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|Youth learn 'real' investigation techniques|
Thirteen-year-old Jaci Freeman has no doubts about which profession she would like to pursue and with help from the Ouachita Parish Sheriff's Office, she's getting some advanced training.
Freeman and other young law enforcement enthusiasts joined Ouachita Parish Sheriff's Office officials this week for a two-day crime scene investigation camp.
Freeman talked excitedly about the time when someone broke into her house where she was afforded an opportunity to meet a crime scene investigator.
"He came to our house to investigate and I told him, 'That's what I want to be,'" she said.
Freeman plans to attend the University of Louisiana-Monroe to pursue a career in law enforcement, eventually becoming an investigator herself.
For the past three summers, the sheriff's office along with the Monroe Police Department and the West Monroe Police Department facilitated a one-week cadet academy for local youth.
This summer, Sheriff Royce Toney wanted to do something a little different, said OPSO's Marky Tucker.
This year's course was designed and limited to past cadet graduates who had shown an extra interest in learning about police investigation.
The two-day event was held Tuesday and Wednesday at the Ouachita Parish Sheriff's Office Rifle Range. Instructors included OPSO crime scene commander Lt. Renee Smith and Sgt. Darrell Johns and deputy Staci Morrison. Fourteen local youth ages 13 to 17 participated in the camp.
Smith enjoys working with youth and hopes their time with local law enforcement officers will provide positive memories.
"This is one thing that I do enjoy doing because you never know what kind of seed you plant … it's better to plant one of the good ones, than another kind of seed," Smith said. "We try to instill the knowledge and give them an avenue and let them proceed from there."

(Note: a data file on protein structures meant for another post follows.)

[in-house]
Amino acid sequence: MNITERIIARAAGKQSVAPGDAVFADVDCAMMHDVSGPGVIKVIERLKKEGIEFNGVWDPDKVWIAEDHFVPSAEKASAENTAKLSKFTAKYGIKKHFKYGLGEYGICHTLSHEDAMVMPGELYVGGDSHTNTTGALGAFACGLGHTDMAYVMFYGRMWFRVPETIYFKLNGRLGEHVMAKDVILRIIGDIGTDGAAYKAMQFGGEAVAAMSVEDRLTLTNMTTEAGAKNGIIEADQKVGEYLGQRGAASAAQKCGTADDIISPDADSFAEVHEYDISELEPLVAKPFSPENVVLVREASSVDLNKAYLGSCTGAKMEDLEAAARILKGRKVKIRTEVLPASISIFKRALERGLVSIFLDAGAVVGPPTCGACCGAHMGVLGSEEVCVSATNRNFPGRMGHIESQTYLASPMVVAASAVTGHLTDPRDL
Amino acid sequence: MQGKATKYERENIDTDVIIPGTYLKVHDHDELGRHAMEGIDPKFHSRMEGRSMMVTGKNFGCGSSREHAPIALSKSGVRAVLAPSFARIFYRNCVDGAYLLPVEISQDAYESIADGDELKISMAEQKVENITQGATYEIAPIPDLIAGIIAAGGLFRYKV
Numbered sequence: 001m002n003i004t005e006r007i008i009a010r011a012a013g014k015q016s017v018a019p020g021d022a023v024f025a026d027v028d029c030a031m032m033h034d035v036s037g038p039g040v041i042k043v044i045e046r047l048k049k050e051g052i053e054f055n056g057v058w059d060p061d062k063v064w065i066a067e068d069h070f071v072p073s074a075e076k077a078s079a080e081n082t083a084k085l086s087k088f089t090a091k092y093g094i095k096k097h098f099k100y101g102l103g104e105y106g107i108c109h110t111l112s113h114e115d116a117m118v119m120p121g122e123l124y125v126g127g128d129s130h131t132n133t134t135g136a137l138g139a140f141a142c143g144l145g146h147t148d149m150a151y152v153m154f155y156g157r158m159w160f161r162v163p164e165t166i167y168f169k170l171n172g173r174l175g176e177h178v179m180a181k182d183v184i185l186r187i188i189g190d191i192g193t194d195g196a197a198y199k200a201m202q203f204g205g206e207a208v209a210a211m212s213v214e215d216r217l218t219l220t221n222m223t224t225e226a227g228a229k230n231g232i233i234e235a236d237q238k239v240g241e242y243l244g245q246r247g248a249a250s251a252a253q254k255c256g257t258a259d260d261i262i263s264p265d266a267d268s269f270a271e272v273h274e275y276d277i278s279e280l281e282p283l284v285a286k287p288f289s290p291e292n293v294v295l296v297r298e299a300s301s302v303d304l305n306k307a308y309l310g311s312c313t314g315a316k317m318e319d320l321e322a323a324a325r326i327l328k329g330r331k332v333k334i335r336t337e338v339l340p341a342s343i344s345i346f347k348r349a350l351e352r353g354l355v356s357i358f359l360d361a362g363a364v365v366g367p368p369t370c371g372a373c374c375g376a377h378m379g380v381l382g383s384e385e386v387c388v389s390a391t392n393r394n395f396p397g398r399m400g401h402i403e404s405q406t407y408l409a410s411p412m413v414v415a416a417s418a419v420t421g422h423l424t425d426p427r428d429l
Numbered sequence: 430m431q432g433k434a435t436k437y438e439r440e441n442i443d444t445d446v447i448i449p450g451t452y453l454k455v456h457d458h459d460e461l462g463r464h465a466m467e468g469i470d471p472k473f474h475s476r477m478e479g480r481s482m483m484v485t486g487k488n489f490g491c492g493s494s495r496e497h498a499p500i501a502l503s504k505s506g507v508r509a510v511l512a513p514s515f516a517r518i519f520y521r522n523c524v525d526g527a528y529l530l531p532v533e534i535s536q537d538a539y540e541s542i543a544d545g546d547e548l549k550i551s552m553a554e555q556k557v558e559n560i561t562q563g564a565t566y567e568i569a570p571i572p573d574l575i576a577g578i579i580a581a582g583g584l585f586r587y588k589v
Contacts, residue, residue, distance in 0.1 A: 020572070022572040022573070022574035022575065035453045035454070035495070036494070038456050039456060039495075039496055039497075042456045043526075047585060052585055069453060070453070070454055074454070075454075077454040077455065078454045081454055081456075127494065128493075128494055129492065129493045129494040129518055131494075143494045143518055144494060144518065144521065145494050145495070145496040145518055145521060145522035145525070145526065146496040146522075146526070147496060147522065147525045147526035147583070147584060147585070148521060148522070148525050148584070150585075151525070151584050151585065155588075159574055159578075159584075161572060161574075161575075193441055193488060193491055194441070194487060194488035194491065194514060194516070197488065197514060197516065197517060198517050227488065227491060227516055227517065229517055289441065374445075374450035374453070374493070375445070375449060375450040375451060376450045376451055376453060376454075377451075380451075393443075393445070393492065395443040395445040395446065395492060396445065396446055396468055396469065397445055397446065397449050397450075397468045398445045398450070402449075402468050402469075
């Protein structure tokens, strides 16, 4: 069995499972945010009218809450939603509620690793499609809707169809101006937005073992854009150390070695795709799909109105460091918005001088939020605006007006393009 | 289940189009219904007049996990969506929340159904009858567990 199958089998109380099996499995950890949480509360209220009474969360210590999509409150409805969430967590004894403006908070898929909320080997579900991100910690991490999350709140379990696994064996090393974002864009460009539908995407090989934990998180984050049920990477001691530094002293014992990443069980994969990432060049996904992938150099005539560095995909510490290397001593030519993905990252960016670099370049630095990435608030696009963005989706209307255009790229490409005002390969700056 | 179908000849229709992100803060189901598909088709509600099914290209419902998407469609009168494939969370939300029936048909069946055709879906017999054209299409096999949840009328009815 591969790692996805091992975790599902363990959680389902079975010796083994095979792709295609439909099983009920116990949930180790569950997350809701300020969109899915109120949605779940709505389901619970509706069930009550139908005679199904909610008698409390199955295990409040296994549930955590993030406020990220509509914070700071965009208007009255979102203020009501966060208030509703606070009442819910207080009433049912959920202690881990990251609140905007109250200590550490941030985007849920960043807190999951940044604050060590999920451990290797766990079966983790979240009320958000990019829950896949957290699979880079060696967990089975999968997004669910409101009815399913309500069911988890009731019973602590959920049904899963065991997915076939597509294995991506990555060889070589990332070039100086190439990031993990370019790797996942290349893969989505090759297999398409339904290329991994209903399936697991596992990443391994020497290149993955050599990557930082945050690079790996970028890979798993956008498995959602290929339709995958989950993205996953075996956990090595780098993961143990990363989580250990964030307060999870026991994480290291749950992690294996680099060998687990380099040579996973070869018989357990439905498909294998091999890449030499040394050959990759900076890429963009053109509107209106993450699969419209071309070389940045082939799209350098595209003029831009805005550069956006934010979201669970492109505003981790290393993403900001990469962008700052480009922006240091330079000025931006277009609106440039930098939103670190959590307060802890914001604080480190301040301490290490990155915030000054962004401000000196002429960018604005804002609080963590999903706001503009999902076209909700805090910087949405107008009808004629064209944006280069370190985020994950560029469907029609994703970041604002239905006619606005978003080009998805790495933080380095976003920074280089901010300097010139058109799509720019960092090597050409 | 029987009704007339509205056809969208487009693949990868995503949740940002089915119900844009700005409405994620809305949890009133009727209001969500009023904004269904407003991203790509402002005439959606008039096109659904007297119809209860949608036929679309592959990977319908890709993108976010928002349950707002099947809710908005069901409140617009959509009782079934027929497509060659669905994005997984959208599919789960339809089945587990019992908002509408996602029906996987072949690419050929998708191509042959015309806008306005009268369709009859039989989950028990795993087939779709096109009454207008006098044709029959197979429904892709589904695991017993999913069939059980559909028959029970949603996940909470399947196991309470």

During the camp, Smith taught teenagers the basics of crime scene investigation from the importance of properly collecting evidence, fingerprinting, blood and DNA collection and how to manage a crime scene.
"Lt. Smith is probably the best in her whole field," Tucker said. "She has assisted in many major crime scenes with other northeast Louisiana law enforcement agencies and served as an expert witness in court pertaining to crime scene procedures."
Tucker said youth who participated in the camp were among the "best of the best" in Ouachita Parish. They all understood that crime scene investigation was not the glamorous, fast-paced chain of events depicted on popular television programs.
"We've had most of them for one year, and several for three years (in previous cadet academies), so they already know and have had it drilled into their head that this is not television," Tucker said. "Their biggest question is about equipment because they see all that cool stuff that snaps up information. So we've explained some of the stuff that we actually use, such as the national databases that spits out information and provides a profile on an individual."
"But, it's not like TV," Tucker added.
Smith elaborated on Tucker's remarks.
"Most people think those three shows on TV are exactly how it is, but that's not the case," Smith explained. "We can't solve crime in an hour. Sometimes we can, but most often, not. We don't have all those tools and sometimes we have to do it with good ole fashioned police work."
Tucker hopes to see these youth pursue a career in law enforcement since many are interested in the profession.
"I would love that," She said. "They have great qualities. These kids were picked because of their values, ethics, and community involvement."
"They are the best of the best," Tucker added.